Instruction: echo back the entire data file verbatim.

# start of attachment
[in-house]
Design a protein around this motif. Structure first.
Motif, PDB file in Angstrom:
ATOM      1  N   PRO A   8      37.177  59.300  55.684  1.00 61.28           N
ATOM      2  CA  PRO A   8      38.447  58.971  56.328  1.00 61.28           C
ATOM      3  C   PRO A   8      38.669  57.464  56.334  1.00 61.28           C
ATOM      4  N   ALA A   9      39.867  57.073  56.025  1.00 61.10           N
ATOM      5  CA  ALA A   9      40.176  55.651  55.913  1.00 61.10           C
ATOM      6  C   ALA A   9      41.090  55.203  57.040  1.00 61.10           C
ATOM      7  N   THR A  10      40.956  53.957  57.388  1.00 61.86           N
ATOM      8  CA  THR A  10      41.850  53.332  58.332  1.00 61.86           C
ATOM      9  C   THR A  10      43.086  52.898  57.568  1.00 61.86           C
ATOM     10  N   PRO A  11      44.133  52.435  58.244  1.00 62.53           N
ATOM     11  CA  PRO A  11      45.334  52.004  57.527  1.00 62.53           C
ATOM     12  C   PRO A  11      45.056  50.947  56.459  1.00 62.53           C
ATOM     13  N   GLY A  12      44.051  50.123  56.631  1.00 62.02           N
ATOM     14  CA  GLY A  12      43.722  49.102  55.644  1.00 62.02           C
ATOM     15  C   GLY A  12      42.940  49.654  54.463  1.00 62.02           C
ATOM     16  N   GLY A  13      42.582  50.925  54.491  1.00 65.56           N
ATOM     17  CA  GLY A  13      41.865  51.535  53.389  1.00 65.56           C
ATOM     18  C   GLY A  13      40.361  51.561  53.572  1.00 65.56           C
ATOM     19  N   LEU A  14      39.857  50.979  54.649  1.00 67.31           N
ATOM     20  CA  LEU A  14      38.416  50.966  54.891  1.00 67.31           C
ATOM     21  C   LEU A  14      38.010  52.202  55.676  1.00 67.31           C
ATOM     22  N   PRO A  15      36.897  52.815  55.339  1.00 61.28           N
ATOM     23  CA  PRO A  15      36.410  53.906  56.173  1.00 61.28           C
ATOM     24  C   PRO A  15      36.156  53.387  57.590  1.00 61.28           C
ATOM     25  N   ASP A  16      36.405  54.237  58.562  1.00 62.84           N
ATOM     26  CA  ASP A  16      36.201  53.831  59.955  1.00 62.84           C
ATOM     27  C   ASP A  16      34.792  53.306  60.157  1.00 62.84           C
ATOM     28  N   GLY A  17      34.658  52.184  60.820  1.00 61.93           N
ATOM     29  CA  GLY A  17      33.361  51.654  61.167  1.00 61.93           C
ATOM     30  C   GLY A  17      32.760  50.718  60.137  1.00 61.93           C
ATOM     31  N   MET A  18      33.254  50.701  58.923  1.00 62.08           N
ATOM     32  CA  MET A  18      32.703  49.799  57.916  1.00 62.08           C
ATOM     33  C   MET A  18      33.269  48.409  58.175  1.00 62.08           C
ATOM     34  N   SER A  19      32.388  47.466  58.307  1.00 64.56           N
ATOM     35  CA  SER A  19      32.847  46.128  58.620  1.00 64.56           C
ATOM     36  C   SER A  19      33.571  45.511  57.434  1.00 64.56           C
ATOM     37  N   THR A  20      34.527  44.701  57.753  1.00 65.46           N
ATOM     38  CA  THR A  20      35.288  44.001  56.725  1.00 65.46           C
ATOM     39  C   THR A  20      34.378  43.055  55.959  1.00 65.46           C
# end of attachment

[in-house]
Design a protein around this motif. Structure first.
Motif, PDB file in Angstrom:
ATOM      1  N   PRO A   8      37.177  59.300  55.684  1.00 61.28           N
ATOM      2  CA  PRO A   8      38.447  58.971  56.328  1.00 61.28           C
ATOM      3  C   PRO A   8      38.669  57.464  56.334  1.00 61.28           C
ATOM      4  N   ALA A   9      39.867  57.073  56.025  1.00 61.10           N
ATOM      5  CA  ALA A   9      40.176  55.651  55.913  1.00 61.10           C
ATOM      6  C   ALA A   9      41.090  55.203  57.040  1.00 61.10           C
ATOM      7  N   THR A  10      40.956  53.957  57.388  1.00 61.86           N
ATOM      8  CA  THR A  10      41.850  53.332  58.332  1.00 61.86           C
ATOM      9  C   THR A  10      43.086  52.898  57.568  1.00 61.86           C
ATOM     10  N   PRO A  11      44.133  52.435  58.244  1.00 62.53           N
ATOM     11  CA  PRO A  11      45.334  52.004  57.527  1.00 62.53           C
ATOM     12  C   PRO A  11      45.056  50.947  56.459  1.00 62.53           C
ATOM     13  N   GLY A  12      44.051  50.123  56.631  1.00 62.02           N
ATOM     14  CA  GLY A  12      43.722  49.102  55.644  1.00 62.02           C
ATOM     15  C   GLY A  12      42.940  49.654  54.463  1.00 62.02           C
ATOM     16  N   GLY A  13      42.582  50.925  54.491  1.00 65.56           N
ATOM     17  CA  GLY A  13      41.865  51.535  53.389  1.00 65.56           C
ATOM     18  C   GLY A  13      40.361  51.561  53.572  1.00 65.56           C
ATOM     19  N   LEU A  14      39.857  50.979  54.649  1.00 67.31           N
ATOM     20  CA  LEU A  14      38.416  50.966  54.891  1.00 67.31           C
ATOM     21  C   LEU A  14      38.010  52.202  55.676  1.00 67.31           C
ATOM     22  N   PRO A  15      36.897  52.815  55.339  1.00 61.28           N
ATOM     23  CA  PRO A  15      36.410  53.906  56.173  1.00 61.28           C
ATOM     24  C   PRO A  15      36.156  53.387  57.590  1.00 61.28           C
ATOM     25  N   ASP A  16      36.405  54.237  58.562  1.00 62.84           N
ATOM     26  CA  ASP A  16      36.201  53.831  59.955  1.00 62.84           C
ATOM     27  C   ASP A  16      34.792  53.306  60.157  1.00 62.84           C
ATOM     28  N   GLY A  17      34.658  52.184  60.820  1.00 61.93           N
ATOM     29  CA  GLY A  17      33.361  51.654  61.167  1.00 61.93           C
ATOM     30  C   GLY A  17      32.760  50.718  60.137  1.00 61.93           C
ATOM     31  N   MET A  18      33.254  50.701  58.923  1.00 62.08           N
ATOM     32  CA  MET A  18      32.703  49.799  57.916  1.00 62.08           C
ATOM     33  C   MET A  18      33.269  48.409  58.175  1.00 62.08           C
ATOM     34  N   SER A  19      32.388  47.466  58.307  1.00 64.56           N
ATOM     35  CA  SER A  19      32.847  46.128  58.620  1.00 64.56           C
ATOM     36  C   SER A  19      33.571  45.511  57.434  1.00 64.56           C
ATOM     37  N   THR A  20      34.527  44.701  57.753  1.00 65.46           N
ATOM     38  CA  THR A  20      35.288  44.001  56.725  1.00 65.46           C
ATOM     39  C   THR A  20      34.378  43.055  55.959  1.00 65.46           C